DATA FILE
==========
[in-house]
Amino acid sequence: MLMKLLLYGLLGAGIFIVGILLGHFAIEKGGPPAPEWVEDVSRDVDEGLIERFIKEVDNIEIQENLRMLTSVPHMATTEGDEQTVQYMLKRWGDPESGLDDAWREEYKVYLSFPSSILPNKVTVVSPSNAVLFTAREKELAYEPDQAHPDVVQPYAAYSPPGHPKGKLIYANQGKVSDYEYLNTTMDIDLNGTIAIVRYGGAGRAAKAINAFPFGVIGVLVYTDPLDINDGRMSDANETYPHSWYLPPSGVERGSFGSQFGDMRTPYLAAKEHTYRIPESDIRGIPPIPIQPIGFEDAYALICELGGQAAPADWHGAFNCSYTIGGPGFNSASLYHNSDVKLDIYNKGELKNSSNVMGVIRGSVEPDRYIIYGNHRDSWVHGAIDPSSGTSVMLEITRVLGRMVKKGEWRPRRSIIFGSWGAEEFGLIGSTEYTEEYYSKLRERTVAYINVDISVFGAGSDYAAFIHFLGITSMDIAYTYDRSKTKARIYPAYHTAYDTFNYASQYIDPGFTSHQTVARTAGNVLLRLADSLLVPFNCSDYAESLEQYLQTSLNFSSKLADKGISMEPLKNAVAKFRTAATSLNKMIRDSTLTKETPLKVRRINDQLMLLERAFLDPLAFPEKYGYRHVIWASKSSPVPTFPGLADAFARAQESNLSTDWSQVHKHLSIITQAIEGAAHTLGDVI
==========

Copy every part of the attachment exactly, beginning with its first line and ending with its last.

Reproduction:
[in-house]
Amino acid sequence: MLMKLLLYGLLGAGIFIVGILLGHFAIEKGGPPAPEWVEDVSRDVDEGLIERFIKEVDNIEIQENLRMLTSVPHMATTEGDEQTVQYMLKRWGDPESGLDDAWREEYKVYLSFPSSILPNKVTVVSPSNAVLFTAREKELAYEPDQAHPDVVQPYAAYSPPGHPKGKLIYANQGKVSDYEYLNTTMDIDLNGTIAIVRYGGAGRAAKAINAFPFGVIGVLVYTDPLDINDGRMSDANETYPHSWYLPPSGVERGSFGSQFGDMRTPYLAAKEHTYRIPESDIRGIPPIPIQPIGFEDAYALICELGGQAAPADWHGAFNCSYTIGGPGFNSASLYHNSDVKLDIYNKGELKNSSNVMGVIRGSVEPDRYIIYGNHRDSWVHGAIDPSSGTSVMLEITRVLGRMVKKGEWRPRRSIIFGSWGAEEFGLIGSTEYTEEYYSKLRERTVAYINVDISVFGAGSDYAAFIHFLGITSMDIAYTYDRSKTKARIYPAYHTAYDTFNYASQYIDPGFTSHQTVARTAGNVLLRLADSLLVPFNCSDYAESLEQYLQTSLNFSSKLADKGISMEPLKNAVAKFRTAATSLNKMIRDSTLTKETPLKVRRINDQLMLLERAFLDPLAFPEKYGYRHVIWASKSSPVPTFPGLADAFARAQESNLSTDWSQVHKHLSIITQAIEGAAHTLGDVI